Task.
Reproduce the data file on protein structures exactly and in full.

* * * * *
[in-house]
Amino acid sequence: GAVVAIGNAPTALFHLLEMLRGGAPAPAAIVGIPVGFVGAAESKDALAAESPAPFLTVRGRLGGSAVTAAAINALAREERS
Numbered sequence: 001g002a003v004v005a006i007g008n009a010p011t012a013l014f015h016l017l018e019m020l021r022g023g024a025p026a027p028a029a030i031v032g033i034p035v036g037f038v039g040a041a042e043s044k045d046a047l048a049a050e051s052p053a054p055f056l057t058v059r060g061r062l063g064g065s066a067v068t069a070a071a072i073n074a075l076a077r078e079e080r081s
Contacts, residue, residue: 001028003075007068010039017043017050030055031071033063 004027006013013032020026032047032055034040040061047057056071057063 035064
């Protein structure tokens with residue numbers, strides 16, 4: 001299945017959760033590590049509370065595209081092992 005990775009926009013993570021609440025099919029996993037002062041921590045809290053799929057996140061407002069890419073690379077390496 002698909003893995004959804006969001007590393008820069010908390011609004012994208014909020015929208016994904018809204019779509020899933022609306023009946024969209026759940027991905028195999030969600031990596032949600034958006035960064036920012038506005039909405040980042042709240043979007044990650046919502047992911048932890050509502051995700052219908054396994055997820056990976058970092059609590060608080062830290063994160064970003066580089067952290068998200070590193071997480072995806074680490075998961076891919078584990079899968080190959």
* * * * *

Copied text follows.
[in-house]
Amino acid sequence: GAVVAIGNAPTALFHLLEMLRGGAPAPAAIVGIPVGFVGAAESKDALAAESPAPFLTVRGRLGGSAVTAAAINALAREERS
Numbered sequence: 001g002a003v004v005a006i007g008n009a010p011t012a013l014f015h016l017l018e019m020l021r022g023g024a025p026a027p028a029a030i031v032g033i034p035v036g037f038v039g040a041a042e043s044k045d046a047l048a049a050e051s052p053a054p055f056l057t058v059r060g061r062l063g064g065s066a067v068t069a070a071a072i073n074a075l076a077r078e079e080r081s
Contacts, residue, residue: 001028003075007068010039017043017050030055031071033063 004027006013013032020026032047032055034040040061047057056071057063 035064
């Protein structure tokens with residue numbers, strides 16, 4: 001299945017959760033590590049509370065595209081092992 005990775009926009013993570021609440025099919029996993037002062041921590045809290053799929057996140061407002069890419073690379077390496 002698909003893995004959804006969001007590393008820069010908390011609004012994208014909020015929208016994904018809204019779509020899933022609306023009946024969209026759940027991905028195999030969600031990596032949600034958006035960064036920012038506005039909405040980042042709240043979007044990650046919502047992911048932890050509502051995700052219908054396994055997820056990976058970092059609590060608080062830290063994160064970003066580089067952290068998200070590193071997480072995806074680490075998961076891919078584990079899968080190959």